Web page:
In its opening scene "The War Zone," a stormy, explosive drama of terrible family secrets, seems almost tranquil as a deeply sullen teenager named Tom (Freddie Cunliffe) rides his bicycle home through the green and gray, rain-swept and muddy Devonshire countryside.
This is intentional on the part of actor-turned-director Tim Roth, who invites his audience into Tom's modest, desolate home and introduces his outwardly ordinary -- if struggling and melancholy -- family. But the sense of pacific normality is tentative at best.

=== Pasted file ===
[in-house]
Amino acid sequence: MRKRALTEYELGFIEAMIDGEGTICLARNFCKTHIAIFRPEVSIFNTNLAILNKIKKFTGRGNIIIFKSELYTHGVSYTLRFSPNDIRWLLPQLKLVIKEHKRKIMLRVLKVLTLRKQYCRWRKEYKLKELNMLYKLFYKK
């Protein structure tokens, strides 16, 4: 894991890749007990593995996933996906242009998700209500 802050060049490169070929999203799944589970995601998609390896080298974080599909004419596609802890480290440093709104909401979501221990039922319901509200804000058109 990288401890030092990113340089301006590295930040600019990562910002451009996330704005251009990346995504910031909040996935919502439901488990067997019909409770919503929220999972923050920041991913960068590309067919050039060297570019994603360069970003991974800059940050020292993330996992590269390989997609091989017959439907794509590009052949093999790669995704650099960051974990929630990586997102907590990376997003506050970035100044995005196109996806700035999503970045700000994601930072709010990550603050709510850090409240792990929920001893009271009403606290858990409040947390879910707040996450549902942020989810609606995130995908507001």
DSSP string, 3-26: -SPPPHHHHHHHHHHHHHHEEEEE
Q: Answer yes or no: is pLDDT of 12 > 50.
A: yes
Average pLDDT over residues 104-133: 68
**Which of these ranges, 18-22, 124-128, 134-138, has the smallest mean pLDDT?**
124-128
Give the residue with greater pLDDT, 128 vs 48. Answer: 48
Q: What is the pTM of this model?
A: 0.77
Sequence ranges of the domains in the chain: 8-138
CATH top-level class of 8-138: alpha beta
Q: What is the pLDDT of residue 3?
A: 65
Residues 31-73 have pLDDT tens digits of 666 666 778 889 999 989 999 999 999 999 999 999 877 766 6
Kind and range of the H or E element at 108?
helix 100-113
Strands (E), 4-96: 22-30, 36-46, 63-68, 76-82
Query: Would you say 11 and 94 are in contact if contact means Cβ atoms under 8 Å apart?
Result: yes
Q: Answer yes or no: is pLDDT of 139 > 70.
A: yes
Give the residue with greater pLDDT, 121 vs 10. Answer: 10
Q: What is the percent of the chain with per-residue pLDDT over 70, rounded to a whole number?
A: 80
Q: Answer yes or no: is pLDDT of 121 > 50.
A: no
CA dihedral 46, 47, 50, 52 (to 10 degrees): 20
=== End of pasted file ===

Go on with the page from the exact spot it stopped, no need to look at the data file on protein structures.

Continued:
There is an underlying tension that rolls through this darkened house like a fog. Furtive glances are exchanged. Emotions are often swallowed, except by the father (Ray Winstone, "Nil By Mouth"), a quick-to-anger, quick-to-forgive, blue-collar bruiser. It feels unsettling to be in there. Not just for Tom, but for the audience.
Continue reading: The War Zone Review
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